Prison Legal News v. Werholtz, Judgement on Remand, Kansas DOC Censorship 2007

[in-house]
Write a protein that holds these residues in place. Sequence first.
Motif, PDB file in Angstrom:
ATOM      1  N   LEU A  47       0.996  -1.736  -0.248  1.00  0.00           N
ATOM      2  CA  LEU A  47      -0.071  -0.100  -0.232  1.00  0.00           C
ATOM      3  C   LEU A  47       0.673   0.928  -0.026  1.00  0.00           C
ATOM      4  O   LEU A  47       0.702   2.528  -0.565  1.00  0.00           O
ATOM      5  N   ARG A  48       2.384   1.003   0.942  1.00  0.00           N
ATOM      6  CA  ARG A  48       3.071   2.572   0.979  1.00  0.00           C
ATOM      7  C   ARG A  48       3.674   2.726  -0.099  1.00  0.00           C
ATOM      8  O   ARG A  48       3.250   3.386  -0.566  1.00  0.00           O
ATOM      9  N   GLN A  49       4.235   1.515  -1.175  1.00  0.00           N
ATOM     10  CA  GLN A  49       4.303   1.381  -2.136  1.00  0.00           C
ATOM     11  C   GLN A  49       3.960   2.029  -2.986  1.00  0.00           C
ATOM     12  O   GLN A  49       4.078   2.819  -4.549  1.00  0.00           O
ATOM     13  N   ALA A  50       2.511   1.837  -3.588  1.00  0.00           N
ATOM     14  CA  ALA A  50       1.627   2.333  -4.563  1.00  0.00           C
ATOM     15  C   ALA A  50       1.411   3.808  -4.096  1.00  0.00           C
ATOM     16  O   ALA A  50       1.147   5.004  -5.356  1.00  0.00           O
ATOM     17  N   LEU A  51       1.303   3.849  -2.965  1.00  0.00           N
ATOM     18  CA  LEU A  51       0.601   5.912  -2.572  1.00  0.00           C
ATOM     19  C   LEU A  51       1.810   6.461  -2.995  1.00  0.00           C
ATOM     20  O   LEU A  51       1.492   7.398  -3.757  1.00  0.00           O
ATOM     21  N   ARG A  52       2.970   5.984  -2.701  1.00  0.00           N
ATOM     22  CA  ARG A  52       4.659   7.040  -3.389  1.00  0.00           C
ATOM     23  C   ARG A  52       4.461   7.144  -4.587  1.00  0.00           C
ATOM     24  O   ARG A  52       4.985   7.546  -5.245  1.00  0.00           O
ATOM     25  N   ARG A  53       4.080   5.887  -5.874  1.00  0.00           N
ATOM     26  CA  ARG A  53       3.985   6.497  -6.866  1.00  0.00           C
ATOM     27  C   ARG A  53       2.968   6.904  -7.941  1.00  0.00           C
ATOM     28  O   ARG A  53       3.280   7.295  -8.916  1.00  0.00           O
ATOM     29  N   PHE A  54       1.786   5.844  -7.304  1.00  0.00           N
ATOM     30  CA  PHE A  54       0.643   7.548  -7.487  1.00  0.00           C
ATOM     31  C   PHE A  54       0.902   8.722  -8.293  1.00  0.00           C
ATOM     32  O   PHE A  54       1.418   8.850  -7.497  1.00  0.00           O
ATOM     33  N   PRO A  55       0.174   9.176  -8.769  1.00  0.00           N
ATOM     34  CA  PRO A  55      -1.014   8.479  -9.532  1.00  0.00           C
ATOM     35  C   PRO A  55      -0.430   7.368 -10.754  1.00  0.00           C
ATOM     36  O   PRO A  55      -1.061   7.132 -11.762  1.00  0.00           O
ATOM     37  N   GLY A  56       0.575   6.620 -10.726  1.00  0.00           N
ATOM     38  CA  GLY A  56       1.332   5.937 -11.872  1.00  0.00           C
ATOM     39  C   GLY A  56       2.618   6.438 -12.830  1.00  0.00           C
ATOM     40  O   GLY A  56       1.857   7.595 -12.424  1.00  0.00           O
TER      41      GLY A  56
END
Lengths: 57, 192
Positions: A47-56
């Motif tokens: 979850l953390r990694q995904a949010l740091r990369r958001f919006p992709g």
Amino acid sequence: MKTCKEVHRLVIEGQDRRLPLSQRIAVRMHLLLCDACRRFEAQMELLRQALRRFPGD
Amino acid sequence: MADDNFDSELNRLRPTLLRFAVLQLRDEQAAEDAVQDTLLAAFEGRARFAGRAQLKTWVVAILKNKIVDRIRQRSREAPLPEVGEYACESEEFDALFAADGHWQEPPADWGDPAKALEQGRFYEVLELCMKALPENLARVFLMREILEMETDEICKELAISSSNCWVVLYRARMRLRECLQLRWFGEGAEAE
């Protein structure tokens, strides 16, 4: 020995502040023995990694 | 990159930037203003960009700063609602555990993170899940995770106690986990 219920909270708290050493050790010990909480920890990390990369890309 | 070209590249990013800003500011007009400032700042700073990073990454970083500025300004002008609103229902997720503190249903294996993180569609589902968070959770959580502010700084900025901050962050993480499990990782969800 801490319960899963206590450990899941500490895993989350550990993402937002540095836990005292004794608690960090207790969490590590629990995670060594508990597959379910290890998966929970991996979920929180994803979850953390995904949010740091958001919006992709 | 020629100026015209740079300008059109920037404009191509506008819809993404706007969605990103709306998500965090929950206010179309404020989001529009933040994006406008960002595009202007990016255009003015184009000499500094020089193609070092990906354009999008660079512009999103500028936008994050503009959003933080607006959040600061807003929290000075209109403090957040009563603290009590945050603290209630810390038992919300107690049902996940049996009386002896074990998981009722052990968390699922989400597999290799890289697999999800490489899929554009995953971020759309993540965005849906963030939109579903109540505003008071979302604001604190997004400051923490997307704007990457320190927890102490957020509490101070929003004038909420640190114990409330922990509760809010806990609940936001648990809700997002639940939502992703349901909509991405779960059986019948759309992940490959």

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Case 5:02-cv-04054-MLB Document 91 Filed 10/01/2007 Page 1 of 19 IN THE UNITED STATES DISTRICT COURT FOR THE DISTRICT OF KANSAS PRISON LEGAL NEWS, INC., ) ) ) ) ) ) ) ) ) ) Plaintiff, v. ROGER WERHOLTZ, Defendant. CIVIL ACTION No. 02-4054-MLB MEMORANDUM DECISION I. INTRODUCTION This case has a somewhat lengthy procedural history. In 2002, plaintiff Prison Legal News, Inc., (PLN) a Washington state non-profit corporation that publishes the monthly periodical Prison Legal News, filed an action against defendant, in his capacity as Kansas Secretary of Corrections, alleging that its First Amendment rights are violated by Kansas Department of Corrections’ (KDOC) current regulations. The court consolidated plaintiff’s case with two ongoing cases that had been originally filed by Kris Zimmerman and Joseph Jacklovich, inmates under the supervision of the KDOC. All plaintiffs sought declaratory and injunctive relief and actual damages. Plaintiffs asserted that the KDOC regulations and policies violate their First Amendment rights since they prohibit inmates from receiving gift subscriptions of publications and limit the amount of money that inmates can spend on publications. The regulations also do not require any notification to a publisher when KDOC does not deliver a publication. On April 29, 2003, Judge G. Thomas VanBebber granted defendants’ motion for summary judgment and entered judgment in favor of Case 5:02-cv-04054-MLB defendants. Document 91 (Doc. 43). Filed 10/01/2007 Plaintiffs appealed. Page 2 of 19 On December 21, 2004, the Tenth Circuit reversed Judge VanBebber’s decision. Jacklovich v. Simmons, 392 F.3d 420 (10th Cir. 2004). After remand, defendant filed a motion for partial summary judgment based on qualified immunity in his individual capacity. partial summary judgment This court granted defendant’s motion for as to all claims against him in his individual capacity.1 (Doc. 75). This court also dismissed the cases filed by Zimmerman and Jaclkovich since their claims were rendered moot after they were paroled. Therefore, the only parties remaining are PLN and defendant Roger Werholtz, in his official capacity as Secretary of Corrections. The issues before the court are whether KDOC’s regulations that prohibit gift subscriptions and limit the amount an inmate may spend on publications are unconstitutional. Also, this court must fashion an appropriate procedure that provides notification to publishers when an inmate does not receive a publication. Jacklovich, 392 F.3d at 434. On February 13 and 14, 2007, this case was tried to the court. This decision represents the findings of fact and conclusions of law resulting therefrom. II. Fed. R. Civ. P. 52(a). FINDINGS OF FACT2 Kansas Administrative Regulation § 44-12-601(g)(1) provides that “[a]ll books, newspapers, and periodicals shall be purchased through 1 This case had also included various defendants who were dismissed by this court’s order. 2 The facts set forth in this section consist of a general overview of the facts of this case. Additional facts will be discussed, where appropriate, throughout the decision. -2- Case 5:02-cv-04054-MLB Document 91 special purchase orders.”3 Filed 10/01/2007 Page 3 of 19 This regulation prohibits the receipt of gift publications by requiring that inmates purchase publications only through their facility bank accounts. An inmate may not have any other bank account outside the facility without permission and all funds must be deposited into the inmate’s facility bank account. K.A.R. § 44-12-210. In addition to prohibiting an inmate from receiving a publication not purchased through his facility bank account, KDOC Internal 3 The entire regulation states as follows: (g) Publications. (1) Inmates may receive books, newspapers, and periodicals as permitted by the internal management policies and procedures of the department of corrections. All books, newspapers, and periodicals shall be purchased through special purchase orders. Only books, newspapers, and periodicals received directly from a publisher or a vendor shall be accepted. However, an inmate shall be permitted to receive printed material, including newspaper and magazine clippings, if the material is included as part of a first-class letter that does not exceed one ounce in total weight. (2) The procedures for censorship of mail listed in subsection (d) of this regulation shall be used for censorship of publications. (3) No publication that meets either of the following conditions shall be allowed into the facility: (A) Contains sexually explicit material, as described in K.A.R. 44-12-313, or is otherwise illegal, in whole or in part; or (B) meets, in whole or in part, the test for censorship of mail in subsection (d) of this regulation. (4) Inmates shall have the option of having censored publications in their entirety either mailed out of the facility at their own expense or discarded. (5) Before transferring between institutions or facilities, the inmate shall arrange for a change of address for newspapers and periodicals. Newspapers and periodicals shall not be forwarded for more than 30 days after the date of transfer. K.A.R. § 44-12-601(g). -3- Case 5:02-cv-04054-MLB Document 91 Filed 10/01/2007 Page 4 of 19 Management Policy and Procedure (IMPP) 11-101 limits the amount an inmate may spend on publications by use of a privilege and incentive system. IMPP 11-101 creates four groups of levels for inmates. Inmates on the intake level are newly admitted to the KDOC and do not rise to Level I until they are transferred to a facility. During intake level, an inmate is at the reception and diagnostic unit and cannot spend any funds on publications. An inmate on Level I may spend $40 a month on canteen expenditures but may not spend any funds on publications (with the exception of a primary religious text).4 4 IMPP 11-101 (4/21/06) provides as follows: VI. Limitation on Use of Incoming and Outgoing Funds A. For inmates assigned to Intake Level, outgoing funds shall be limited to fees for legal services, and for inmates on Level I, no outgoing funds may be used to purchase books, or, newspaper or magazine subscriptions. B. Except as provided below, there shall be a $40.00 limit on outgoing funds. 1. Inmates may exceed the $40.00 limit, if necessary, for the purchase of a primary religious text if the cost of the text is greater than that amount. 2. The $40.00 limit shall not apply to payments to the following: a. The court for verified restitution and/or court costs; b. Verified fees payable to an attorney for legal services; c. Verified child support payments; d. Specialized fees, expenses as authorized by the warden or designee; and, (1) As possible, approval for such payments shall be payable to the vendor or service provider only. e. Purchases of approved handicraft materials/supplies. C. Upon recommendation of the unit team and approval of the warden or designee, offenders assigned to private industry (minimum -4- Case 5:02-cv-04054-MLB Document 91 Filed 10/01/2007 Page 5 of 19 After 120 days, an inmate may advance to Level II. On Level II, an inmate may spend $40 on publications and $110 on canteen purchases. After another 120 days, an inmate may advance to Level III, the highest level. At Level III, an inmate may spend $40 on publications and $180 at the canteen. The $40 limit on publications may be exceeded once every three months for the purchase of one newspaper subscription.5 An inmate must follow certain procedures prior to ordering a publication. First, an inmate must fill out a Special Purchase Order form and a publication form and submit those to the business office. The business office will then ensure that the inmate has the proper funds and that the publication is allowable under the regulations. Once the inmate has completed this process the business office will order the publication. If an inmate has ordered a publication without completing this process, the publication will be censored. Upon receipt of the publication, the mail room requests the inmate to establish that he followed the procedures by producing the special wage) or those who receive government benefits may be authorized, on an individual basis, to send out funds in excess of the $40.00 per pay period limit. D. Inmates on Incentive Level II or Incentive Level III are authorized to maintain one (1) newspaper subscription, and may exceed the $40.00 limit for outgoing funds in order to do so. 1. The expense for the newspaper subscription shall be included in the $40.00 limit. 2. Such an exception shall be allowed no more than one (1) time per every three (3)-month period. 5 This exception was created since most yearly newspaper subscriptions cost in excess of $40. However, there is no exception in the rules for a subscription or publication that is not a newspaper subscription. -5- Case 5:02-cv-04054-MLB Document 91 Filed 10/01/2007 Page 6 of 19 purchase order and the publication form. If the inmate cannot produce those forms (or, if the form has been lost the inmate can utilize his bank statement showing the purchase), then the publication is censored. When a publication is censored, the notification of publication seizure/censorship. inmate is given a The form allows the inmate to appeal the decision within three days of receipt of the notice. If the inmate does not successfully appeal the decision, the items are either mailed out of the facility at the inmate’s expense or discarded. IMPP 12-134. The notice is not sent to the publisher. The inmate is responsible for informing a publisher that the item was not delivered.6 6 Kan. Admin. Regs. § 44-12-601(d)(2) provides: (d) Censorship grounds and procedures. ... (2) If any communication to or from an inmate is censored, all of the following requirements shall be met: (A) Each inmate shall be given written notice of the censorship and the reason for the censorship, without disclosing the censored material. (B) Each inmate shall be given the name and address of the sender of incoming mail, if known, or the addressee of outgoing mail and the date the item was received in the mail room. It shall be the responsibility of the inmate to contact the sender of censored incoming mail or the addressee of censored outgoing mail, if the inmate so desires. (C) The author or the addressee of the censored correspondence shall be given a reasonable opportunity to protest that decision. (D) All protests shall be referred to a prison official other than the person who originally disapproved the correspondence. Kan. Admin. Regs. § 44-12-601(d)(2)(emphasis supplied). -6- Case 5:02-cv-04054-MLB Document 91 Filed 10/01/2007 Page 7 of 19 Plaintiff requests that this court declare KDOC’s regulations prohibiting gift subscriptions and limiting the amount of funds that may be spent on publications unconstitutional.7 Plaintiff also requests that the court adopt its proposed notification to the publisher of a censored publication. (Doc. 72 at exh. 2). Defendant responds that its current regulations are reasonably related to legitimate correctional interests. III. CONCLUSIONS OF LAW Resolution of the inmates' claims requires balancing between the constitutional rights retained by inmates and those who send them publications against the deference owed to prison authorities when it comes to prison administration. Inmates have a First Amendment right to receive information while in prison to the extent the right is not inconsistent with prisoner status or the legitimate penological objectives of the prison. In weighing the First Amendment interests against the deference afforded corrections officials, the reasonableness of the regulations and policies matters. Although the Court has continually recognized (1) the difficulty of running a prison, (2) the separation of powers concerns when a federal court assumes a function (prison administration) entrusted to the legislative and executive branches, and (3) the need for federal courts to accord deference to state prison authorities, those factors do not mean that every prison regulation is insulated from review no matter what the facts may be. As the Court stated in Procunier v. Martinez, 416 U.S. 396, 94 S.Ct. 1800, 40 L.Ed.2d 224 (1974), overruled on other grounds by Thornburgh v. Abbott, 490 U.S. 401, 109 S. Ct. 1874, 104 L. Ed.2d 459 (1989): But a policy of judicial restraint cannot encompass any failure to take cognizance of valid constitutional claims whether arising in a federal or state institution. When a prison regulation or practice offends a fundamental constitutional guarantee, federal courts will discharge their duty to protect constitutional rights. The Court has determined that when a prison regulation impinges on inmates' constitutional rights, the regulation 7 Plaintiff does not challenge defendant’s regulation that prohibits inmates on intake level from receiving publications. -7- Case 5:02-cv-04054-MLB Document 91 Filed 10/01/2007 Page 8 of 19 is valid if it is reasonably related to legitimate penological interests. The four-factor test supplied by the Court requires a look at (1) whether a valid and rational connection exists between the regulation and the asserted legitimate governmental interest, (2) whether alternative means of exercising the constitutional right remain available to inmates, (3) any effect accommodating the right would have on guards and inmates, and (4) the absence of ready alternatives. Jacklovich v. Simmons, 392 F.3d 420, 426 (10th Cir. 2004). A. Restricting Publications The present KDOC policies prohibit gift subscriptions, limit spending on publications for Level II and III inmates to only $40 a month and entirely prohibit an inmate on Level I from purchasing publications. The first factor the court must consider is whether a valid and rational connection exists between the regulations and the asserted legitimate governmental interest. Jones v. Salt Lake County, ---F.3d---, 2007 WL 2812594 *3 (10th Cir. Sept. 28, 2007)(citing Turner v. Safley, 482 U.S. 78, 89-90, 107 S. Ct. 2254, 96 L. Ed.2d 64 (1987)). During trial, defendant set forth various interests that he asserts are legitimate penological objectives. The court will address these in turn. 1. Legitimate Governmental Interest A. Security Concerns8 First, Charles Simmons, Deputy Secretary of KDOC, testified that the prohibition on gift subscriptions allows KDOC to track an inmate’s receipt of money in his facility bank account. By allowing an inmate to receive a gift subscription, the facility cannot investigate the 8 Plaintiff’s hearsay objection to defendant’s exhibit N is sustained. -8- Case 5:02-cv-04054-MLB Document 91 Filed 10/01/2007 Page 9 of 19 source of the funds and the individual who purchased the subscription. Simmons stated that KDOC’s concerns are that the subscription is being purchased as a result of extortion or strong-arming, debt collection, or trafficking of contraband by another inmate. (Trial Tr. at 52-53). Donald Halpin, Jerry Rice and Joseph Jacklovich, all formerly incarcerated in KDOC facilities, testified that strong-arming, dealing or trading in a content-neutral publication does not occur in KDOC facilities.9 Similarly, plaintiff’s expert, Patrick McManus, testified that publications are not something of value and that strong-arming using a publications would be very unlikely. Defendant presented no testimony that publications are used for extortion, strong-arming, debt collection or trafficking.10 Accordingly, there is no rational and valid connection between the prohibition of gift subscriptions and security concerns. See Crofton v. Roe, 170 F.3d 957, 960 (9th Cir. 1999)(strong-arming rationale rejected when the warden failed to produce any evidence that strong-arming was used to obtain gift subscriptions). B. Second, Level and Incentive System witness Simmons testified that the privilege and incentive system was created for inmates to earn privileges based on good behavior. Inmates can lose privileges earned by bad behavior or 9 The only publications that had been used at KDOC for bartering were magazines that are currently prohibited and censored due to content. 10 It is interesting, however, that inmates testified that items from the canteen are frequently used for strong-arming and KDOC’s policies currently allow an Inmate on Level III to spend $180 a month on canteen items. An inmate on Level III therefore can spend $140 more on canteen items than he can on publications. -9- Case 5:02-cv-04054-MLB Document 91 Filed 10/01/2007 Page 10 of 19 other negative activities which result in a reduction in privilege level. Defendant asserts that allowing gift subscriptions and lifting the limitations on publication spending will defeat the purpose of the privilege and incentive system. Simmons testified that if an inmate were able to receive gift subscriptions then the inmate would get something that he did not earn. However, defendant failed to establish how receipt of a gift subscription will drastically affect its privilege and incentive system. Inmates will still be motivated to rise to the next level because there are other incentives that coordinate with a rise in level. For example, an inmate on Level I cannot have personal audio/visual equipment. inmate is on Level II. However, those items are available once an Moreover, an inmate is restricted to organizations and activities on Levels I and II, but is eligible to participate in all activities on Level III. Other examples include the number of visitors an inmate can receive, the availability of the inmate’s personal property, the amount of incentive pay an inmate may receive and the amount that can be expended in the canteen. 101, Attachment A. IMPP 11- The court highly doubts that the availability of gift subscriptions will cause an inmate to lose motivation to earn other privileges through the system. Moreover, defendant wholly failed to establish how receipt of a gift subscription will affect its privilege and incentive system. Defendant has also failed to establish that there is a rational and valid connection between the limitation on outgoing funds spent on publications and the use of the privilege and incentive system. An inmate on Intake Level will have no incentive to rise to Level I -10- Case 5:02-cv-04054-MLB Document 91 Filed 10/01/2007 Page 11 of 19 if that inmate is interested in purchasing publications because no publications are allowed on Level I. An inmate on Level I will have incentive to rise to Level II so that he may purchase publications but that inmate will not have an incentive to rise to Level III because inmates on Levels II and III can only expend $40 a month on publications. Defendant could not put forth any rational explanation for entirely restricting an inmate on Level I from publications and limiting inmates on Levels II and III to only $40 per month on publications. Witnesses for defendant simply kept repeating that it was the amount that the KDOC determined was reasonable. In contrast to its policies on spending on publications, expenditures for the canteen do rise for each level. per month. At intake, an inmate may spend $10 On Level I, an inmate may spend $40 per month. and III are allowed $110 and $180, respectively. Levels II Expenditures on publications, however, do not rise with the privilege level, with the exception between Level I and II. Moreover, KDOC allows an inmate to spend an unlimited amount on handicraft materials. Witness Simmons testified that there is no limitation on handicraft materials because those items frequently exceed $40. However, there are many subscriptions and legal books that exceed $40 as well. While KDOC may want to encourage arts and crafts, the court does not comprehend why KDOC does not want to encourage, and in actuality limits, an inmate spending time reading and gaining knowledge. Accordingly, the court finds that there is no rational and valid connection between KDOC’s policies and the privilege and incentive system. -11- Case 5:02-cv-04054-MLB C. Document 91 Filed 10/01/2007 Page 12 of 19 Avoidance of Legal Obligations Finally, defendant asserts that inmates will elect to receive gift subscriptions paid for by friends and family instead of those individuals sending money to KDOC in order to avoid any unpaid obligations that the inmate may have and to avoid the automatic 10% savings of all incoming money in an inmate’s account. Defendant argues that a gift subscription will circumvent KDOC’s policies of requiring any funds in an inmate’s account to first pay outstanding obligations before purchasing any subscriptions. While the court believes that the policies requiring inmates to pay outstanding obligations and save 10% of their funds prior to purchasing other items are reasonable, the court finds it difficult to believe that many inmates will request that a relative order a gift subscription instead of sending money to that inmate. Money received from friends and family members and placed in an inmate’s account is utilized by the inmate for items other than publications, most importantly, as testified by prior inmates, to buy canteen items. During trial, defendant failed to establish that the allowance of gift subscriptions will result in inmates intentionally having relatives send gift subscriptions instead of money orders. Moreover, Other well-run prison systems, including the Federal Bureau of Prisons and numerous state correctional facilities, allow gift subscriptions. If the end result of allowing gift subscriptions was an avoidance of inmate’s obligations than the court would expect that it would be prohibited by those facilities. Again, defendant has failed to demonstrate a rational and valid connection between the prohibition of gift subscriptions and an -12- Case 5:02-cv-04054-MLB Document 91 Filed 10/01/2007 Page 13 of 19 inmate’s avoidance of personal obligations. 2. Alternative Means The second factor relevant in determining the reasonableness of a prison restriction is whether there are alternative means of exercising the right. Turner, 482 U.S. at 90. “Where other avenues remain available for the exercise of the asserted right courts should be particularly conscious of the measure of judicial deference owed to corrections officials . . . in gauging the validity of the regulation.” Id. Witness Simmons testified that inmates have access to the library, which includes numerous publications and internet access. However, no KDOC facility subscribes to plaintiff’s publication. Moreover, there was testimony that the library’s publications are limited and only one copy of each publication is on file in the library. Prior inmates testified that they frequently encountered publications with pages missing and torn. Also, the number of inmates that can be in the library is limited. If an inmate in maximum security desires to go to the library, he must sign up at a certain time. Frequently, however, an inmate may be unable to go to the library because the list was full at the time he had access to the list. The court finds that the library is not a sufficient alternative means to exercise the inmate’s right to receive information. 3. The Impact on Guards and Inmates third factor is the impact accommodation of the “constitutional right will have on guards and other inmates, and on the allocation of prison resources generally. . . . When accommodation -13- Case 5:02-cv-04054-MLB Document 91 Filed 10/01/2007 Page 14 of 19 of an asserted right will have a significant ‘ripple effect’ on fellow inmates or on prison staff, courts should be particularly deferential to the informed discretion of corrections officials.” Turner, 482 U.S. at 90. The only possible impact of eliminating the gift subscription ban and allowing inmates to spend an unlimited amount on publications is an increase in the amount of mail that inmates receive. While this may cause a facility to expend more time delivering and sorting mail, it was not shown to have a significant effect on the facility. Moreover, lifting the ban on gift subscriptions will eliminate the need to check whether that subscription was purchased through the purchase order system. So, in reality, a facility may have less obligations and responsibilities when a subscription is received in the mailroom. Therefore, the court finds that the impact, if any, will not be significant. 4. Absence of Ready Alternatives “Finally, the absence of ready alternatives is evidence of the reasonableness of a prison regulation.” Id. In this case, there are obvious, easy alternatives to the regulations that accommodate the First Amendment right to information while imposing a de minimis burden on the facilities. subscriptions. KDOC can allow inmates to receive gift Again, numerous facilities, including the Federal Bureau of Prisons allow gift subscriptions. If the facility has valid security concerns that are substantiated after the ban on gift subscriptions is lifted, it may consider requiring a gift subscription to include the name and address of the person who purchased the -14- Case 5:02-cv-04054-MLB Document 91 Filed 10/01/2007 Page 15 of 19 subscription so that the facility can investigate whether strongarming occurred. KDOC may also formulate a new regulation which allows inmates to spend more on publications and properly correlates with its privilege and incentive system. Limitation on inmate spending may be reasonable if the facility can identify the purpose of the limitation and if that spending was correlated with the privilege and incentive system.11 Accordingly, the court finds that there are ready alternatives available to guarantee an inmate’s right to publications. 5. Conclusion The court is more disinclined than most to interfere with the running of prisons, a subject which courts generally are ill-equipped to understand, much less to undertake. However, the court concludes that the KDOC prison regulations are not reasonably related to the penological interests identified by defendant. The inmates do not have alternative means available to access desired publications and the elimination of the regulations will not have a significant impact on the facility, inmates and guards. The court also finds that there are ready alternatives available to KDOC that would meet its stated penological interests. Accordingly, K.A.R. § 44-12-601(g)(1) and IMPP 11-101, Section VI, are constitutionally infirm and therefore invalid. 11 During trial, witness Werholtz was questioned by the court. The court specifically stated that if it did not find that the regulations limiting outside spending were reasonable then did the witness have another amount that would be reasonable. Witness Werholtz testified that he did not have an alternate amount that he considered reasonable to spend on publications. -15- Case 5:02-cv-04054-MLB B. Document 91 Filed 10/01/2007 Page 16 of 19 Notification to Publishers The Tenth Circuit instructed this court on remand to fashion an appropriate procedure in which the publisher would receive “adequate individualized notice” that would give it an opportunity to be heard. Jacklovich, 392 F.3d at 433-34. procedures. Both parties have submitted proposed Plaintiff has submitted the following: DATE:_________________ TO: Inmate #XXXX Institution_________________ RE: _______________________ Issue date:__________________ Title of Publication The publication identified above, published by ____________________ [publisher], has been rejected in accordance with KDOC regulations, specifically _______________________________________________________. This publication has been rejected because _________________________________________________________ _________________________________________________________ __________________ [provide reference to the specific portions or pages of the publication which are objectionable or other reason for rejection, the KDOC regulations or policies which are applicable and the reasons for the decision to reject]. Either you or the publisher or both may appeal this decision. If there is no appeal, the publication will be mailed out at your expense if you so request or destroyed. If you wish to appeal this decision, you must do so within 20 days of the receipt of this letter by writing to KDOC Secretary, 900 SW Jackson St., Topeka, KS 66612, or by handing an appeal in writing to your unit team and including your reasons for the appeal and any materials you wish considered. The decision will be made based on the publication and the materials you provide or by _________________________[explain alternative procedure if to be used]. A decision will be rendered within 20 days of the receipt of your appeal and you will be notified in writing. The publication in question will be held until the decision in this matter is made and then it will be delivered to you, mailed out at your expense if you so request or destroyed, depending on the outcome of the appeal. ___________________ ________________ Secretary or designee Date cc [Publisher name and address] (Doc. 72, exh. 2). -16- Case 5:02-cv-04054-MLB Document 91 Filed 10/01/2007 Page 17 of 19 Defendant submits that a notification would be immediately sent to the publisher if the publication is censored for content but not if the publication was censored due to the inmate’s inability to receive a publication because of the inmate’s current level or behavior restrictions. Defendant asserts that a publication will receive a “content neutral nondelivery” notification on an annual basis. This notification will include the department’s regulations and the reasons why their publication may not be delivered. The publishers will have 15 days to challenge the validity of the regulation or policy. Inmates will still receive notification at the time their publication is not delivered. (Doc. 73). Plaintiff asserts that defendant’s proposed notification when a content neutral publication is censored does not provide publishers with adequate notice. Defendant responds that notification will be too time consuming and costly. individualized However, the court’s ruling struck the policies prohibiting gift subscriptions and limiting the funds an inmate may spend on publications. Therefore, defendant’s argument that it will be too time consuming and costly is moot. After the court’s ruling, the only foreseeable publication will be censored will be for content. time a Defendant agreed to send an individualized notice to the publisher when it censored a publication due to content. In the rare event that a publication is censored for a non-content reason, the court finds that simultaneous notification to both the inmate and the publisher satisfies due process. The court finds that plaintiff’s proposed notification, based on the notification utilized by the Federal Bureau of Prisons, is -17- Case 5:02-cv-04054-MLB Document 91 Filed 10/01/2007 Page 18 of 19 sufficient to provide adequate notice to both the inmate and the publisher. IV. CONCLUSION K.A.R. § 44-12-601(g)(1) and IMPP 11-101, Section VI, are constitutionally infirm and therefore invalid. Defendant must notify both the inmate and publisher at the time a publication is censored by utilizing the form proposed by plaintiff. (Doc. 72, exh. 2). The clerk is hereby ordered to enter judgment for plaintiff. A motion for reconsideration of this order pursuant to this court's Rule 7.3 is not encouraged. The standards governing motions to reconsider are well established. A motion to reconsider is appropriate where the court has obviously misapprehended a party's position or the facts or applicable law, or where the party produces new evidence that could not have been obtained through the exercise of reasonable diligence. Revisiting the issues already addressed is not the purpose of a motion to reconsider and advancing new arguments or supporting facts which were otherwise available for presentation when the original motion was briefed or argued is inappropriate. Comeau v. Rupp, 810 F. Supp. 1172 (D. Kan. 1992). Any such motion shall not exceed five pages and shall strictly comply with the standards enunciated by this court in Comeau v. Rupp. The response to any motion for reconsideration shall not exceed three pages. reply shall be filed. IT IS SO ORDERED. Dated this 1st day of October 2007, at Wichita, Kansas. -18- No Case 5:02-cv-04054-MLB Document 91 Filed 10/01/2007 Page 19 of 19 s/ Monti Belot Monti L. Belot UNITED STATES DISTRICT JUDGE -19-